The Region

Welcome to the diverse terroir of
B.C.’s Okanagan Valley

K

elowna is the birthplace of winemaking in British Columbia with the first B.C winery “Calona” opening in 1932. Known for its top-quality new world wines, Kelowna is an ideal jumping off point for wine enthusiasts. The city lies at the north end of the Okanagan valley, which contains 8,619 acres of planted vineyards making up 84% of the province’s vineyard acreage.

The valley stretches over 250 kilometres covering several distinct sub regions including: Peachland/Summerland, Naramata/Penticton, Okanagan Falls, Oliver, Golden Mile and Osoyoos. Each of these regions has distinct soil and climate conditions suited to growing a range of varietals from sun-ripened reds to lively fresh and often crisp whites.

What is the Okanagan’s Signature Varietal?

The Kelowna area wineries are rich in tradition and character with over 40 wineries in the Kelowna area, from quiet, family-run boutique vineyards to world-class operations.

The varietals that are grown in the Okanagan are numerous, but the stand out grapes are: Cabernet Franc, Riesling, Pinot Noir, Chardonnay and Merlot. Merlot may be the most planted varietal in the Okanagan, but the region is most well known for the Pinot Noir, a characteristically fruit forward explosion of cherry and stone fruit which dances on the palate and makes a totally “crushable” summer red.

The Cabernet Franc, though more often seen in a blend, is a single varietal masterpiece in the Okanagan, with flavours of black licorice, raspberry and violet, and is a favourite among winemakers and local wine nerds alike.

In the world of whites the Oaked Chards from the Okanagan Valley taste like we really deserve the title, “Napa of the North”, with textbook examples of proper wine making showing off the malo-lactic talents of the Chardonnay grape.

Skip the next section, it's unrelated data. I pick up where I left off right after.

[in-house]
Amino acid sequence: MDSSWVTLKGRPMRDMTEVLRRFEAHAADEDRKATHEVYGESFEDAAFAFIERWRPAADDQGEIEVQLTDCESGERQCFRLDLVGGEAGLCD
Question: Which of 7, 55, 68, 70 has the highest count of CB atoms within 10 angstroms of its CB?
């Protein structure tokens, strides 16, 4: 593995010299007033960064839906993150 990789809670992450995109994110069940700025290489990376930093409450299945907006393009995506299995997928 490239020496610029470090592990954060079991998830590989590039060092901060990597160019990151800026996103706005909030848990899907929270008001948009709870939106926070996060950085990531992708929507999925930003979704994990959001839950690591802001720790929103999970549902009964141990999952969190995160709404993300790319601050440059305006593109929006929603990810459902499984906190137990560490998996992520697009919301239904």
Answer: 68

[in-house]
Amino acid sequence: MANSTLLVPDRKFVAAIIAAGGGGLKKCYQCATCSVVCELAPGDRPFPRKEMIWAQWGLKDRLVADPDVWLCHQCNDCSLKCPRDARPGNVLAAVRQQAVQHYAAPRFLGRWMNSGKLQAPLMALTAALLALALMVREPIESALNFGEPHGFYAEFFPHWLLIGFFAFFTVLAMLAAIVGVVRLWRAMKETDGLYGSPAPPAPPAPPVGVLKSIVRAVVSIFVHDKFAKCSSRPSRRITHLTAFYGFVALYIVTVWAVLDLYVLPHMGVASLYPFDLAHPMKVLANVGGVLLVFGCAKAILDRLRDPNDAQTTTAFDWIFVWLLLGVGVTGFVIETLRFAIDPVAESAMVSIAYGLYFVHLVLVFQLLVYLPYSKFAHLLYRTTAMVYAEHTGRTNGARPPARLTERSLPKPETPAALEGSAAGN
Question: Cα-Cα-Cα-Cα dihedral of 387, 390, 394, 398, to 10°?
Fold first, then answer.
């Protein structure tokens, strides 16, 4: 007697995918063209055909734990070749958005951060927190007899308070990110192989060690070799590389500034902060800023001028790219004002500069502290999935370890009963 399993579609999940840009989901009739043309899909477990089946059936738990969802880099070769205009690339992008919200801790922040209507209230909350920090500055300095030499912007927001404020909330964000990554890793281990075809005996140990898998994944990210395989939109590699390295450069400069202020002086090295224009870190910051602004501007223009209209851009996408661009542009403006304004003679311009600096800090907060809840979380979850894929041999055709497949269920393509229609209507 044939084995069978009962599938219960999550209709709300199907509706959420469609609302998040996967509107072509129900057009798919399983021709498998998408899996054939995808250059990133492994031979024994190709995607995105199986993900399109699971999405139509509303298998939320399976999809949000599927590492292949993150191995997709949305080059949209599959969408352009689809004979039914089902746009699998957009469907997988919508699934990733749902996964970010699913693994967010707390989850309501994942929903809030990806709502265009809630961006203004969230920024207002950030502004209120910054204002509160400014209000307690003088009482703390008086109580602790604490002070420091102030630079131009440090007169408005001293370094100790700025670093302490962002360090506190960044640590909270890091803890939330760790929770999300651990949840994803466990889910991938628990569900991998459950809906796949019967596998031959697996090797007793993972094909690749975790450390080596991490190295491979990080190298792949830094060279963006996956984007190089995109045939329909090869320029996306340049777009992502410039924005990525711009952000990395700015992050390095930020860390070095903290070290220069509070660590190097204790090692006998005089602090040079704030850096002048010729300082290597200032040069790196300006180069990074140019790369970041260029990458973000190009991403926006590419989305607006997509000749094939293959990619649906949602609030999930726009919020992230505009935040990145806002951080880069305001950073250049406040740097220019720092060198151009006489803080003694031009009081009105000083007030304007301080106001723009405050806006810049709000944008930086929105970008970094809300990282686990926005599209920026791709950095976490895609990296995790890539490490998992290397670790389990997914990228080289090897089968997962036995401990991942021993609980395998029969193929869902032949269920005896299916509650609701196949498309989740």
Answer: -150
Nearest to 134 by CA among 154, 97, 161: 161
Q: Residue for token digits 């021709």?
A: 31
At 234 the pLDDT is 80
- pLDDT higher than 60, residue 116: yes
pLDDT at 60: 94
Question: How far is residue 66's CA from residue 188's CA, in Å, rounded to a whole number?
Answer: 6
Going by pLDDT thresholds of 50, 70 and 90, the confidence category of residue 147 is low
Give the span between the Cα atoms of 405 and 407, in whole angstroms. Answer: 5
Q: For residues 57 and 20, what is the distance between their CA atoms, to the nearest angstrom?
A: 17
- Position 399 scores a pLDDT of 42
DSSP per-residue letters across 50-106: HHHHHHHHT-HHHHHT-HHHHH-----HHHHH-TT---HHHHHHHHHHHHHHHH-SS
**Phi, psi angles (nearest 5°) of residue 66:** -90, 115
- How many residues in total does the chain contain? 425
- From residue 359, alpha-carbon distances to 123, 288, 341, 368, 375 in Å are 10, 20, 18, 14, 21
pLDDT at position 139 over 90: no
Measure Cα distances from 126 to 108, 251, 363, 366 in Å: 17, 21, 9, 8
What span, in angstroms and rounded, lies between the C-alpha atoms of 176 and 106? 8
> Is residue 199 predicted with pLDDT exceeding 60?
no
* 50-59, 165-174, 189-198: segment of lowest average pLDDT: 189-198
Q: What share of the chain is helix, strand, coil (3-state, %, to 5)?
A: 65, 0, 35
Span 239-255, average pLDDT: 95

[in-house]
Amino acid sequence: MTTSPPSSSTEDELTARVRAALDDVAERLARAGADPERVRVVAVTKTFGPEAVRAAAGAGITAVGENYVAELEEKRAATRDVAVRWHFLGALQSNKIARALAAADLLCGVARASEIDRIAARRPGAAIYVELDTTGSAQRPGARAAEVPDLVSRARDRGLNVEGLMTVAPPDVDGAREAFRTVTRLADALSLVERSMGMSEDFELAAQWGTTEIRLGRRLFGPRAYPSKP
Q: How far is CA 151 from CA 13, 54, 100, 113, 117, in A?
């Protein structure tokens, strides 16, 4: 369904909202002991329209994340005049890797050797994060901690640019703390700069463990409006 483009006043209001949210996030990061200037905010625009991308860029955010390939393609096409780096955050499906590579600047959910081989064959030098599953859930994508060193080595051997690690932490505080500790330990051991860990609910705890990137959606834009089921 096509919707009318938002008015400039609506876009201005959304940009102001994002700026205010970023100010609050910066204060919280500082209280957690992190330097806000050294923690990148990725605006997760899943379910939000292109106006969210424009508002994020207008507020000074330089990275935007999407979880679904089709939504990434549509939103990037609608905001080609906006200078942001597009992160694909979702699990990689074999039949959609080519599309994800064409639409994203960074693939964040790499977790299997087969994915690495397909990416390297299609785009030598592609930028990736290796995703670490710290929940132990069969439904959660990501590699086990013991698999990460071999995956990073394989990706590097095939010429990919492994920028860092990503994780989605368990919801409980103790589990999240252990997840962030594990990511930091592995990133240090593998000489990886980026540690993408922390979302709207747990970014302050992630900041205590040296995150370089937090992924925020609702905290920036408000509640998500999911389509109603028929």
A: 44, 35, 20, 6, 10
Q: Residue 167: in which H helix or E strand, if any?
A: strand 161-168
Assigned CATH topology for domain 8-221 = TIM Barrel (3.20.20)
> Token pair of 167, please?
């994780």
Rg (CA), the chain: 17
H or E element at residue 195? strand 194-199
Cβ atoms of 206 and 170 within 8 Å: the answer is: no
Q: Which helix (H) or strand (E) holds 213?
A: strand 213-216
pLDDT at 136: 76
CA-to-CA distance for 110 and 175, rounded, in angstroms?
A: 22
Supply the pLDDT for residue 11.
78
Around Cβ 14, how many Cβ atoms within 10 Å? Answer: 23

High acid, sweet and sour pleasure bombs, Rieslings not only grow well here, but thanks to the climate, may be the best Rieslings outside the Mosel Valley. If you were to replace the ubiquitous sauerkraut and smoked ham hock with maple smoked bacon and a grilled peach salad, you may start to believe that Riesling was first planted in Canada!

Local Wine Country Cuisine

Wine region cuisine can be simply described as farm to table cooking with delicious wines, but it is so much more than that. Wine region cuisine is a sun drenched and hard working attitude, a non-fussy approach to cooking the most desired and inspiring ingredients, preparing them simply and serving confidently alongside great juice. The same kind of attitude that eventually leads to feelings of “we don’t need to go back to work”, or “ I could live this way”, and “this is one of life’s perfect moments”. An attitude that becomes a lifestyle for those lucky enough to live here.

Like all good cuisine, wine country cuisine starts with great local ingredients, the kind that scream, treat me gently and prepare me simply. The techniques come from classic wine regions, like France, Italy and Spain, where by nature the food will match wine easily. Despite the deep rooted history of wine cuisine in Europe, every year we are finding new world answers to old world problems, like pairing spicy Indian food with Gewurztraminer or Moscato.

The final element of wine country cuisine, is to never make a dish too complete. A great pairing of wine and food always is the dish needing the wine, and the wine needing the dish. Without this slight “incompleteness”, the dish would not long for the wine and the wine not long for the dish. Every perfectly paired wine region dish should be like a beautiful kiss.

The wine country cuisine of the Okanagan where many wines can be described as fruit forward “juice bombs”, has a unique style all its own. We find ourselves pulling fruit into pairings, like quince mostarda to complete with a rustic country terrine, or glazed plums served alongside a grassy, naturally raised chèvre and rustic red fife baguette.

The less tannic and light bodied nature of the reds speaks more to vegetables, cheeses, fish and pork then it does to beef and lamb, but a bison or wild game from B.C would be right at home next to a robust Bordeaux style red blend from the Okanagan. Our single varietal Cabernet Franc, being some of the best and most unique in the world, want one thing: foraged wild mushroom and steak grilled over fruit wood and vine trimmings. Our barrel aged whites remind us of Burgundy, so we find ourselves baking fresh sourdough croissants to serve with peach preserve, or a pan seared diver scallop with corn and truffle beurre blanc, while our high acid whites sit down comfortably beside a plate of salmon crudo or roasted baby beets and ash rind local chèvre.

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